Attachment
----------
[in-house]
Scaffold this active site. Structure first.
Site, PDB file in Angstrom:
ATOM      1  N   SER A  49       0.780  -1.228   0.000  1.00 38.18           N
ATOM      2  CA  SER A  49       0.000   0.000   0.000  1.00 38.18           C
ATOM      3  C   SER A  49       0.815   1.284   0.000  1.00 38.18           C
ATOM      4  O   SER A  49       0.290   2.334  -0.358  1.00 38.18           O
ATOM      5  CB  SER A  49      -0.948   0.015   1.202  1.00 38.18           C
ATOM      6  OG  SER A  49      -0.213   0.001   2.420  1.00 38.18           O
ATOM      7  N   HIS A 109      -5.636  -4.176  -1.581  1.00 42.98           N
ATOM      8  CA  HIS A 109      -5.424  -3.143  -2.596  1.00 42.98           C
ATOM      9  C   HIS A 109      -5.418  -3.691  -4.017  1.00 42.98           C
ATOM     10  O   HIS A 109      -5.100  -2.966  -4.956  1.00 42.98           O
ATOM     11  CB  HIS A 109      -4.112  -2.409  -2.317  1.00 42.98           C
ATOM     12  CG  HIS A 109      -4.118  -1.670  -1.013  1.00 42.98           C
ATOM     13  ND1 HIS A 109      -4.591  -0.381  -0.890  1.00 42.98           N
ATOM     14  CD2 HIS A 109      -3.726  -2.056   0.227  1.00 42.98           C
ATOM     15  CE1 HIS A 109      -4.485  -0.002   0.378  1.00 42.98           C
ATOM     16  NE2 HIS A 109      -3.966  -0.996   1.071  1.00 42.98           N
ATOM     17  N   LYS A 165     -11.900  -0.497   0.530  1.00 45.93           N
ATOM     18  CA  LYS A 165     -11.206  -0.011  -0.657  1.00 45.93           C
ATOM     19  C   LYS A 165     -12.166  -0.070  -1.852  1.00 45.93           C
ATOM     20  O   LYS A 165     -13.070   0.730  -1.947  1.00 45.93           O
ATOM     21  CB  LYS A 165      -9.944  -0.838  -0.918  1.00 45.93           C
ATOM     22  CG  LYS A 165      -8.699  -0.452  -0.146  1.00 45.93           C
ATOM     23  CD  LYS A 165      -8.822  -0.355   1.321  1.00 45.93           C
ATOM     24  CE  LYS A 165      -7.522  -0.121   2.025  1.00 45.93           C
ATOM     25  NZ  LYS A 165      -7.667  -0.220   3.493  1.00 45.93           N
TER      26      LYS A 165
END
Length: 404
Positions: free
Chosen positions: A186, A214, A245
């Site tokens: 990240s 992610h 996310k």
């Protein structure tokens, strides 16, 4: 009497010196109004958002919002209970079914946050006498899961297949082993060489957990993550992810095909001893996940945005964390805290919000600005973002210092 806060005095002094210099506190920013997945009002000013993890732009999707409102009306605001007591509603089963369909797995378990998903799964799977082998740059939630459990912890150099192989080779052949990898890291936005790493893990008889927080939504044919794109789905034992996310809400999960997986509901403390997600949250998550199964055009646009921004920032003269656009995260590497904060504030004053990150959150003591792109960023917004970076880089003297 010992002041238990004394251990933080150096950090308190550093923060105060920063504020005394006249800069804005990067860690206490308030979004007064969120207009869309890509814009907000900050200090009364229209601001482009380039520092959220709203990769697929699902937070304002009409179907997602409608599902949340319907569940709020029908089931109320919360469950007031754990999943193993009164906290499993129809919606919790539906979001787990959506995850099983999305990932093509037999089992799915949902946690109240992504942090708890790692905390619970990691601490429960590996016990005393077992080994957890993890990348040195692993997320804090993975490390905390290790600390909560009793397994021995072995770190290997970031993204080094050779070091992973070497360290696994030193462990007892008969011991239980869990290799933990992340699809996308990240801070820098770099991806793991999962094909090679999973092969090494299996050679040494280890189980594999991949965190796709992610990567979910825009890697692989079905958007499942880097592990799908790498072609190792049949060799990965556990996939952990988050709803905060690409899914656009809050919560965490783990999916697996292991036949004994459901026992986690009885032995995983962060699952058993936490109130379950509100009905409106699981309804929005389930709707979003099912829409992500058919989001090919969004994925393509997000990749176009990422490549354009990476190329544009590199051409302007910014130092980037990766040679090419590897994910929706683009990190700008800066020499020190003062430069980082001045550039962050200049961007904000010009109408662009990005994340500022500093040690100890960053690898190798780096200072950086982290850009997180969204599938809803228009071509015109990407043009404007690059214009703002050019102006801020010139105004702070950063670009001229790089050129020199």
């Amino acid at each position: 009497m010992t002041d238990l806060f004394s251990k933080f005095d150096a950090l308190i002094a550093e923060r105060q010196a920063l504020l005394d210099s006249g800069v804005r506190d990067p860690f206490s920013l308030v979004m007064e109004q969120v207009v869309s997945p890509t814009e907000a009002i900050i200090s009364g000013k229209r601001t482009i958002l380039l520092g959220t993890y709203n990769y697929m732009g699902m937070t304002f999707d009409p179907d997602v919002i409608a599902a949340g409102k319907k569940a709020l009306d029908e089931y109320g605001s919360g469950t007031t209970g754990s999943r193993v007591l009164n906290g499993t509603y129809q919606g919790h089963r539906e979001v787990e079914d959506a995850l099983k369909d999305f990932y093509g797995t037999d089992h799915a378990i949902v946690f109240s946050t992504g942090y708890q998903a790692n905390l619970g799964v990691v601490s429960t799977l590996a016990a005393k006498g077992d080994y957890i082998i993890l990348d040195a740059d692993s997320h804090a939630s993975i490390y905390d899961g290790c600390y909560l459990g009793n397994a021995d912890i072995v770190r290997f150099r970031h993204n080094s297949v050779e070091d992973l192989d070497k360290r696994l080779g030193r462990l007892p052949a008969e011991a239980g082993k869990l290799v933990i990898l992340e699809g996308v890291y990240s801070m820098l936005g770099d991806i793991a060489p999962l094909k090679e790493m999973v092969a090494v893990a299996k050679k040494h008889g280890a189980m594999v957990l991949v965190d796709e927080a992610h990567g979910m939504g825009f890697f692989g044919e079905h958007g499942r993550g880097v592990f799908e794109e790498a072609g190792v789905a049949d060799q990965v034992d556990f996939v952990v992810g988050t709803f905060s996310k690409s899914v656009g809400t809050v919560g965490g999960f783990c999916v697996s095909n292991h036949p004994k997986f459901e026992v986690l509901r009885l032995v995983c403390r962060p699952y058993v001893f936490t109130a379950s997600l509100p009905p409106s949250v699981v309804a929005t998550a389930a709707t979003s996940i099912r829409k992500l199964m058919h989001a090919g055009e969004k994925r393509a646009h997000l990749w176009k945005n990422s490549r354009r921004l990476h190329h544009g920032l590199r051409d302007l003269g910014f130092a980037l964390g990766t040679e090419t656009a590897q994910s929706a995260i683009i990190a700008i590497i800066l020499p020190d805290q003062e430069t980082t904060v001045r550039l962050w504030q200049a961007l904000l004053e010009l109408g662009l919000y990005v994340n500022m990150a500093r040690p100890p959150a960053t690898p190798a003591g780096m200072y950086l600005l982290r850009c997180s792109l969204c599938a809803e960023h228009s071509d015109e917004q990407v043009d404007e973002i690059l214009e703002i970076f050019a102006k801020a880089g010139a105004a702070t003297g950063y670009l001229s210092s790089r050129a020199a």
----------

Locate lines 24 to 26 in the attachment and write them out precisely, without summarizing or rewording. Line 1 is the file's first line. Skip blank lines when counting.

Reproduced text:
ATOM     21  CB  LYS A 165      -9.944  -0.838  -0.918  1.00 45.93           C
ATOM     22  CG  LYS A 165      -8.699  -0.452  -0.146  1.00 45.93           C
ATOM     23  CD  LYS A 165      -8.822  -0.355   1.321  1.00 45.93           C